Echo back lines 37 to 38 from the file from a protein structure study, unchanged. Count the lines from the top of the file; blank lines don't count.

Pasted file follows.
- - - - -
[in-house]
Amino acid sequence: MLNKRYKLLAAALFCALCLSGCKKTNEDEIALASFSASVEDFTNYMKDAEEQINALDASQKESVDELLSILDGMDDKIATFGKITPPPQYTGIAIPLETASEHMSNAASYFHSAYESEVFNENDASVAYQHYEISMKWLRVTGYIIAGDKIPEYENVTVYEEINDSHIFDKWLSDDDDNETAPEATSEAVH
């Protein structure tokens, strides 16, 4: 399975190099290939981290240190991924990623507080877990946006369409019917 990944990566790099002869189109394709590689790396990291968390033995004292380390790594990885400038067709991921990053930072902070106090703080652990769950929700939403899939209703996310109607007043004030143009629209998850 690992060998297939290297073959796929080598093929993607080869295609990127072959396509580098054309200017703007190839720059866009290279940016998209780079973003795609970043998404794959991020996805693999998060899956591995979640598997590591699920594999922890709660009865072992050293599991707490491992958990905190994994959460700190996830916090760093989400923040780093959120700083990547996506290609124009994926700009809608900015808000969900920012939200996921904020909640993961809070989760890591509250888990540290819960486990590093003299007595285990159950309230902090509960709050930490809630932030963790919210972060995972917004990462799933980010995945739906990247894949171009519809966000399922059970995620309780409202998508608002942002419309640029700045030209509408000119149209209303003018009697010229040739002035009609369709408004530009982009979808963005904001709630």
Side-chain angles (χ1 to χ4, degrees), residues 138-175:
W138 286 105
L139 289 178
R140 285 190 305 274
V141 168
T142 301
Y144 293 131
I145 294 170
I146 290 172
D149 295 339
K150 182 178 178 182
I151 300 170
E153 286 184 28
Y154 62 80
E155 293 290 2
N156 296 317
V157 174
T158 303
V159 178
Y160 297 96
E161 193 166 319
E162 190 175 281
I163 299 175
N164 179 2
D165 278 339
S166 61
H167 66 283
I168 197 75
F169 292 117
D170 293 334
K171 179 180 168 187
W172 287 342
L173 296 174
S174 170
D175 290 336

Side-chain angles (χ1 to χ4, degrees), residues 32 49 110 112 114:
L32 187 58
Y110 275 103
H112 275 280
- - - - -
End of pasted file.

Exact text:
S174 170
D175 290 336